SEOUL, Oct 19 (Reuters) - U.S. crude futures held above $92 a barrel on Friday after a pipeline carrying Canadian crude oil to the United States was shut for three days, adding to supply worries heightened by tensions in the oil-producing Gulf region.
* U.S. November crude gained 1 cents at $92.11 a barrel as of 0010 GMT, after it settled down 2 cents at $92.10 a barrel on Thursday.
* Brent December crude rose 20 cents at $112.62 a barrel. It settled down 80 cents at $112.42 a barrel previously.
* TransCanada Corp has shut down its major pipeline with the capacity to transport a quarter of Canada’s crude oil exports to the United States after detecting a “small anomaly” on the pipe, the country’s largest pipeline company said on Thursday.
* North Sea Forties loadings have been disrupted by delays in the restart of Nexen’s Buzzard field. Nexen said start-up preparations were underway and production was due by Sunday.
* Goldman Sachs, one of the biggest banks in commodity trading, has called an end to the oil price super-cycle, reversing years of bullish recommendations, citing a rise in unconventional oil supplies in the United States and Canada. Goldman Sachs cut its 2013 Brent forecast to $110 a barrel from $130.
* The number of Americans filing new claims for jobless benefits spiked last week, reversing a sharp decline in the prior week but still pointing to a labor market that is slowly healing.
Other data on Thursday showed factory activity increased in the U.S. mid-Atlantic region during October, although not enough to suggest an end to broader weakness in U.S. factory output.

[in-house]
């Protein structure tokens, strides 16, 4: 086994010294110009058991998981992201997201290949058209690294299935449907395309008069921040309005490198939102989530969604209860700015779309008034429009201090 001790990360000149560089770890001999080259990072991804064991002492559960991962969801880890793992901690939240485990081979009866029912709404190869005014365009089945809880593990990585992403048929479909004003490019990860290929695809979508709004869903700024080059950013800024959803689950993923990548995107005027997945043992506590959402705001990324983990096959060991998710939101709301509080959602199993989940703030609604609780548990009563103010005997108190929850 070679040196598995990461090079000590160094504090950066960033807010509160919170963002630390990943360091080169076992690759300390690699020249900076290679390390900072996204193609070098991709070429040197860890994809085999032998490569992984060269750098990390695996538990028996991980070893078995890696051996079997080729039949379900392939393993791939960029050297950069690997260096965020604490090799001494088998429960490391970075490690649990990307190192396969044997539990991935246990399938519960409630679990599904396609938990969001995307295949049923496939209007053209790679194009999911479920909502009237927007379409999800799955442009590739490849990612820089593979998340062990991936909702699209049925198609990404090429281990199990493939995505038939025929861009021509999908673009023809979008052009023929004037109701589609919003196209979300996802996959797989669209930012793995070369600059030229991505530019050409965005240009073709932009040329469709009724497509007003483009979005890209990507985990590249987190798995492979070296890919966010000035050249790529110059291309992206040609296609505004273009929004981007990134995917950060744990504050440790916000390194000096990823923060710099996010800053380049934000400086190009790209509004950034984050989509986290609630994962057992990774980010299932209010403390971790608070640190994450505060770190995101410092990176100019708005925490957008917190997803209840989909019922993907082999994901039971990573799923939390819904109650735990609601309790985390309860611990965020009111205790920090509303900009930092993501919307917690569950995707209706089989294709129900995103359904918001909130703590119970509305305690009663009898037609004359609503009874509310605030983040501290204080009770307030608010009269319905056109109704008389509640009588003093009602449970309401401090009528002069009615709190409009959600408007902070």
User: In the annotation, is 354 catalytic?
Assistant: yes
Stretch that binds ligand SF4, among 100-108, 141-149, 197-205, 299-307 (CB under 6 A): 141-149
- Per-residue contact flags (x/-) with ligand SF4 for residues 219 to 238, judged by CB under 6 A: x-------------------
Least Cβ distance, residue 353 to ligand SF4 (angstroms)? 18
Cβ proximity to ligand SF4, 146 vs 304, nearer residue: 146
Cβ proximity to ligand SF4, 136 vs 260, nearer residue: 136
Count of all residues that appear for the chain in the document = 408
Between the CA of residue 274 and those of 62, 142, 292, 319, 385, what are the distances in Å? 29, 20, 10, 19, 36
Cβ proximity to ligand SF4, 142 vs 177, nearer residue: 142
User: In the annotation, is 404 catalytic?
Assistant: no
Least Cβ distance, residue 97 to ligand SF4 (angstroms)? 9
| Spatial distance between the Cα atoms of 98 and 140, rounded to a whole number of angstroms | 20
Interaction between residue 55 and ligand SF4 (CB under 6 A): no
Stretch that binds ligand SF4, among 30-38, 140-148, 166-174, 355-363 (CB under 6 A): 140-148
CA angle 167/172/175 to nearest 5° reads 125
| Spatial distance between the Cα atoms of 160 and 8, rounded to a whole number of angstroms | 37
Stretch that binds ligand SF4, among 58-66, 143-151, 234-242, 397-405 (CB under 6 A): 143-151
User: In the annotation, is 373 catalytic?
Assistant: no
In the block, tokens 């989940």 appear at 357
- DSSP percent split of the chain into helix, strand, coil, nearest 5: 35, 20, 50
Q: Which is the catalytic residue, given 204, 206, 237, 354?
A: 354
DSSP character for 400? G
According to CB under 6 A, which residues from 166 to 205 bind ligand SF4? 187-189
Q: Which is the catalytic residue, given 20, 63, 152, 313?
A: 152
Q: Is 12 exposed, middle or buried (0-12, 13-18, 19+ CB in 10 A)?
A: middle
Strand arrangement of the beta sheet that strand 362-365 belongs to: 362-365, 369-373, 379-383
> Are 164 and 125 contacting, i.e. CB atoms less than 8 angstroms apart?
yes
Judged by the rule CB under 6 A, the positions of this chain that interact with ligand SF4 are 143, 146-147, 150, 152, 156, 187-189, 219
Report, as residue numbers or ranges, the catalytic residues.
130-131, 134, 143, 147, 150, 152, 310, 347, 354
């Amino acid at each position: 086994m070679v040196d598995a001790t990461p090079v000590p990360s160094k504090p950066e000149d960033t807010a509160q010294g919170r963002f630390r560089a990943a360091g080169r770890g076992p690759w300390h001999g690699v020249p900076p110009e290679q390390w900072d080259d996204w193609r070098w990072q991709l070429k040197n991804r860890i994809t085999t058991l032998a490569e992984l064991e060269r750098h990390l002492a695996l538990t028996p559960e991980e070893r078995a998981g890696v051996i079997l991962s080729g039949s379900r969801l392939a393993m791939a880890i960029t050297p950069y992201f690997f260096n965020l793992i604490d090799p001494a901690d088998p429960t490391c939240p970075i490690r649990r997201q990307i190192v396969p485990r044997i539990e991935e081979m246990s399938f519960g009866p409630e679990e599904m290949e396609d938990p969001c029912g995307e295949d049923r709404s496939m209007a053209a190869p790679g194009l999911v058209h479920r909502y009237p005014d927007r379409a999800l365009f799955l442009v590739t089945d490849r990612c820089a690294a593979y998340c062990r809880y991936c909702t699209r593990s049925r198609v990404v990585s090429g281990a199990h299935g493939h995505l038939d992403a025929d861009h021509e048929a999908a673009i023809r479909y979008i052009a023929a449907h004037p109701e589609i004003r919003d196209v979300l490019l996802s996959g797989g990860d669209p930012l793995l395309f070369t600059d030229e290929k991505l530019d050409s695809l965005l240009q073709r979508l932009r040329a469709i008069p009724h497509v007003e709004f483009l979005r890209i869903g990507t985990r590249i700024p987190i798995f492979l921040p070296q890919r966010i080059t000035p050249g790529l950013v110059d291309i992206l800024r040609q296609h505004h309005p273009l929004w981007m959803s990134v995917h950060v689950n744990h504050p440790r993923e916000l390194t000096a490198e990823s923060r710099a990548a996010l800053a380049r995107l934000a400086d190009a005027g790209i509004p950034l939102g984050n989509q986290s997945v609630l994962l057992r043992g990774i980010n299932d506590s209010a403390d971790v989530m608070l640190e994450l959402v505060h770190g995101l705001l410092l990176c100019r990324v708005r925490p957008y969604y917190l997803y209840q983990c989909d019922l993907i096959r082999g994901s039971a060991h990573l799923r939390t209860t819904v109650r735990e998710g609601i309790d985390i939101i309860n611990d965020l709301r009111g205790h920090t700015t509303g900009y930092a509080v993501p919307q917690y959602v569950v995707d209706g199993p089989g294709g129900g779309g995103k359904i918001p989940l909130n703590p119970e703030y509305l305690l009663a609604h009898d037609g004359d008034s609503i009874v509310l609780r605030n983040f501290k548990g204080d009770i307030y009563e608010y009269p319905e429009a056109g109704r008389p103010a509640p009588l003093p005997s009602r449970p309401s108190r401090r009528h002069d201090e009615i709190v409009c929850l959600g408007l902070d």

* European Union leaders struck a compromise on a roadmap to establish a single bank supervisor for the euro zone after Germany and France papered over differences on priorities for overcoming the bloc’s debt crisis.
* Tensions in the oil-producing Middle East remain high. Iran is believed to be further increasing its uranium enrichment capacity at its Fordow plant buried deep underground, Western diplomats say, in another sign of Tehran defying international demands to curb its disputed nuclear programme.
* The international mediator on Syria will go to Damascus in the next few days to try to broker a brief ceasefire in the war between President Bashar al-Assad’s government and rebels during the Islamic Eid al-Adha festival.
* U.S. stocks fell on Thursday, with technology stocks hit hard after Google’s surprisingly weak earnings disappointed investors. The Dow Jones industrial average closed down 8.06 points at 13,548.94. The Standard & Poor’s 500 Index shed 3.57 points to 1,457.34.
* Japan’s benchmark Nikkei average opened down 0.43 percent at 8,944.03 on Friday, while the broader Topix shed 0.44 percent to 749.01.
* The yen plumbed five-month lows on the euro and a two-month trough on the dollar on Friday as investors grew confident the Bank of Japan would ease further next week, making the yen more attractive as a funding currency for carry trades.
The dollar index bounced off a one-month low against a basket of major currencies as the euro backtracked to $1.3072 , from Thursday’s high around $1.3129.
* The following data is expected on Friday (GMT):
0200 China Foreign direct investment Sep
0600 Germany Producer prices Sep
0800 Euro zone Current account Aug
1400 U.S. Existing home sales Sep
1930 U.S. CFTC commitment of traders data (Reporting by Meeyoung Cho; Editing by Ed Davies)